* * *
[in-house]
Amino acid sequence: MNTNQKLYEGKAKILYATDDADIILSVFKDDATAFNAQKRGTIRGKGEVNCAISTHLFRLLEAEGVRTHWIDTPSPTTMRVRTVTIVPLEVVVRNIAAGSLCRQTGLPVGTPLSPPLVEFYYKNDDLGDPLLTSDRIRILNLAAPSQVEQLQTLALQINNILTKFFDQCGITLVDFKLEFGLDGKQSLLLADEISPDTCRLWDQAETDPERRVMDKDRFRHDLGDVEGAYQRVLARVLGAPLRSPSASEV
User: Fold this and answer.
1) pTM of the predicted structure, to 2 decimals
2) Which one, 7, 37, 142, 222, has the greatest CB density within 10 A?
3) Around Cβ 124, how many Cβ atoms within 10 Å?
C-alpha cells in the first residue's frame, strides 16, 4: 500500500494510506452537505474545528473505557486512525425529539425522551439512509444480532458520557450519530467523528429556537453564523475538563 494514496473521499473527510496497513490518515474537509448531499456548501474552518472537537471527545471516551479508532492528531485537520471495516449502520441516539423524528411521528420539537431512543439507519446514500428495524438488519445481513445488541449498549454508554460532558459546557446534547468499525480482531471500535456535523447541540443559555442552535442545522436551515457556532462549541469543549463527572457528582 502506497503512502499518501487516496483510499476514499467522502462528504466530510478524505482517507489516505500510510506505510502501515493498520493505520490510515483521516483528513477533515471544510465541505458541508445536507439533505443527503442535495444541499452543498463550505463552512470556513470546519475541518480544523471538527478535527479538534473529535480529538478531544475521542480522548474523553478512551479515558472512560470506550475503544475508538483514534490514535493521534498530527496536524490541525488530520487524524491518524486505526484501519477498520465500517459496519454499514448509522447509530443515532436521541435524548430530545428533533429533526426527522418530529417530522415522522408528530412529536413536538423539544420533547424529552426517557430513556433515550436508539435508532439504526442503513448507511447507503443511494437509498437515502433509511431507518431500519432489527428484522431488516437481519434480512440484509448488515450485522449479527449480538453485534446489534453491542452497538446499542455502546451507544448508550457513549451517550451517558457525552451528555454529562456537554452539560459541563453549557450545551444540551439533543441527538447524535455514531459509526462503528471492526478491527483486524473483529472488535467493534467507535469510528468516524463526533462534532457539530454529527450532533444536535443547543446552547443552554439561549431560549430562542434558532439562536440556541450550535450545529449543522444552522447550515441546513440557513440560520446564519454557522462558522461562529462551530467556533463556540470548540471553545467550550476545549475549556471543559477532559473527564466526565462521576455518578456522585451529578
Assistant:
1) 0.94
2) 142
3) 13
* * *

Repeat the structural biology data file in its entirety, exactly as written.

[in-house]
Amino acid sequence: MNTNQKLYEGKAKILYATDDADIILSVFKDDATAFNAQKRGTIRGKGEVNCAISTHLFRLLEAEGVRTHWIDTPSPTTMRVRTVTIVPLEVVVRNIAAGSLCRQTGLPVGTPLSPPLVEFYYKNDDLGDPLLTSDRIRILNLAAPSQVEQLQTLALQINNILTKFFDQCGITLVDFKLEFGLDGKQSLLLADEISPDTCRLWDQAETDPERRVMDKDRFRHDLGDVEGAYQRVLARVLGAPLRSPSASEV
User: Fold this and answer.
1) pTM of the predicted structure, to 2 decimals
2) Which one, 7, 37, 142, 222, has the greatest CB density within 10 A?
3) Around Cβ 124, how many Cβ atoms within 10 Å?
C-alpha cells in the first residue's frame, strides 16, 4: 500500500494510506452537505474545528473505557486512525425529539425522551439512509444480532458520557450519530467523528429556537453564523475538563 494514496473521499473527510496497513490518515474537509448531499456548501474552518472537537471527545471516551479508532492528531485537520471495516449502520441516539423524528411521528420539537431512543439507519446514500428495524438488519445481513445488541449498549454508554460532558459546557446534547468499525480482531471500535456535523447541540443559555442552535442545522436551515457556532462549541469543549463527572457528582 502506497503512502499518501487516496483510499476514499467522502462528504466530510478524505482517507489516505500510510506505510502501515493498520493505520490510515483521516483528513477533515471544510465541505458541508445536507439533505443527503442535495444541499452543498463550505463552512470556513470546519475541518480544523471538527478535527479538534473529535480529538478531544475521542480522548474523553478512551479515558472512560470506550475503544475508538483514534490514535493521534498530527496536524490541525488530520487524524491518524486505526484501519477498520465500517459496519454499514448509522447509530443515532436521541435524548430530545428533533429533526426527522418530529417530522415522522408528530412529536413536538423539544420533547424529552426517557430513556433515550436508539435508532439504526442503513448507511447507503443511494437509498437515502433509511431507518431500519432489527428484522431488516437481519434480512440484509448488515450485522449479527449480538453485534446489534453491542452497538446499542455502546451507544448508550457513549451517550451517558457525552451528555454529562456537554452539560459541563453549557450545551444540551439533543441527538447524535455514531459509526462503528471492526478491527483486524473483529472488535467493534467507535469510528468516524463526533462534532457539530454529527450532533444536535443547543446552547443552554439561549431560549430562542434558532439562536440556541450550535450545529449543522444552522447550515441546513440557513440560520446564519454557522462558522461562529462551530467556533463556540470548540471553545467550550476545549475549556471543559477532559473527564466526565462521576455518578456522585451529578
Assistant:
1) 0.94
2) 142
3) 13